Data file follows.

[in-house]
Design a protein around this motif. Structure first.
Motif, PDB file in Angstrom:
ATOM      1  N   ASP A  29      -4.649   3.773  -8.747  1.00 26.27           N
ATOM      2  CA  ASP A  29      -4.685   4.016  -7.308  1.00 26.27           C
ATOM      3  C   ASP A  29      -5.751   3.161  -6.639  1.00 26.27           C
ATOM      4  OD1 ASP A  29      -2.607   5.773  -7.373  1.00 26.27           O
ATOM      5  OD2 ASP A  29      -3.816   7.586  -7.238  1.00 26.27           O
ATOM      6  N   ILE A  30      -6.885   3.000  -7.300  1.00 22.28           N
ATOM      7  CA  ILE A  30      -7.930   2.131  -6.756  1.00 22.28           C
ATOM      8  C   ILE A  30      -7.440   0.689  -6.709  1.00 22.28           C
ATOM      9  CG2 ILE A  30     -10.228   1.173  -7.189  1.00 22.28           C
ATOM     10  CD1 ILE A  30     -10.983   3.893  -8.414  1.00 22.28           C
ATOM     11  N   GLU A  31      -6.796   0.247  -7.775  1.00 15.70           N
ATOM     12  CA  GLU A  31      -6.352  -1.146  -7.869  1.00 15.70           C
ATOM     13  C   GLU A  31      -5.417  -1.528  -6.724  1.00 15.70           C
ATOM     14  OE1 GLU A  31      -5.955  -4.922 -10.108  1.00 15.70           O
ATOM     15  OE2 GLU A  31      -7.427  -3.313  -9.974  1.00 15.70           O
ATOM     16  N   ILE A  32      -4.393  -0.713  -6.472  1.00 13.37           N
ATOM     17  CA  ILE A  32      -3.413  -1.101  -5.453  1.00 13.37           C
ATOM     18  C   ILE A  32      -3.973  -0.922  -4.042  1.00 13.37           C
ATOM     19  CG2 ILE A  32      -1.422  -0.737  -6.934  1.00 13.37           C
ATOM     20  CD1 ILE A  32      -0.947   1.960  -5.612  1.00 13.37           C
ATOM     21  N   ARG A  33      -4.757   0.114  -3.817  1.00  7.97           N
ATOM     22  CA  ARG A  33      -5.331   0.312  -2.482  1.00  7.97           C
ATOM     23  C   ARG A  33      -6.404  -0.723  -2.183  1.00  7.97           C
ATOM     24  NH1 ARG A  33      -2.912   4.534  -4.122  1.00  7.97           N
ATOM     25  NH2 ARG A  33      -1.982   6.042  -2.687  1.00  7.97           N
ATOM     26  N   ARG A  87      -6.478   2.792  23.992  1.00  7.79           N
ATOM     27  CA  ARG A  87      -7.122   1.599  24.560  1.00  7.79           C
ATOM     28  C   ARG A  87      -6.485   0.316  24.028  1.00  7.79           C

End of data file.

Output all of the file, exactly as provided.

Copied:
[in-house]
Design a protein around this motif. Structure first.
Motif, PDB file in Angstrom:
ATOM      1  N   ASP A  29      -4.649   3.773  -8.747  1.00 26.27           N
ATOM      2  CA  ASP A  29      -4.685   4.016  -7.308  1.00 26.27           C
ATOM      3  C   ASP A  29      -5.751   3.161  -6.639  1.00 26.27           C
ATOM      4  OD1 ASP A  29      -2.607   5.773  -7.373  1.00 26.27           O
ATOM      5  OD2 ASP A  29      -3.816   7.586  -7.238  1.00 26.27           O
ATOM      6  N   ILE A  30      -6.885   3.000  -7.300  1.00 22.28           N
ATOM      7  CA  ILE A  30      -7.930   2.131  -6.756  1.00 22.28           C
ATOM      8  C   ILE A  30      -7.440   0.689  -6.709  1.00 22.28           C
ATOM      9  CG2 ILE A  30     -10.228   1.173  -7.189  1.00 22.28           C
ATOM     10  CD1 ILE A  30     -10.983   3.893  -8.414  1.00 22.28           C
ATOM     11  N   GLU A  31      -6.796   0.247  -7.775  1.00 15.70           N
ATOM     12  CA  GLU A  31      -6.352  -1.146  -7.869  1.00 15.70           C
ATOM     13  C   GLU A  31      -5.417  -1.528  -6.724  1.00 15.70           C
ATOM     14  OE1 GLU A  31      -5.955  -4.922 -10.108  1.00 15.70           O
ATOM     15  OE2 GLU A  31      -7.427  -3.313  -9.974  1.00 15.70           O
ATOM     16  N   ILE A  32      -4.393  -0.713  -6.472  1.00 13.37           N
ATOM     17  CA  ILE A  32      -3.413  -1.101  -5.453  1.00 13.37           C
ATOM     18  C   ILE A  32      -3.973  -0.922  -4.042  1.00 13.37           C
ATOM     19  CG2 ILE A  32      -1.422  -0.737  -6.934  1.00 13.37           C
ATOM     20  CD1 ILE A  32      -0.947   1.960  -5.612  1.00 13.37           C
ATOM     21  N   ARG A  33      -4.757   0.114  -3.817  1.00  7.97           N
ATOM     22  CA  ARG A  33      -5.331   0.312  -2.482  1.00  7.97           C
ATOM     23  C   ARG A  33      -6.404  -0.723  -2.183  1.00  7.97           C
ATOM     24  NH1 ARG A  33      -2.912   4.534  -4.122  1.00  7.97           N
ATOM     25  NH2 ARG A  33      -1.982   6.042  -2.687  1.00  7.97           N
ATOM     26  N   ARG A  87      -6.478   2.792  23.992  1.00  7.79           N
ATOM     27  CA  ARG A  87      -7.122   1.599  24.560  1.00  7.79           C
ATOM     28  C   ARG A  87      -6.485   0.316  24.028  1.00  7.79           C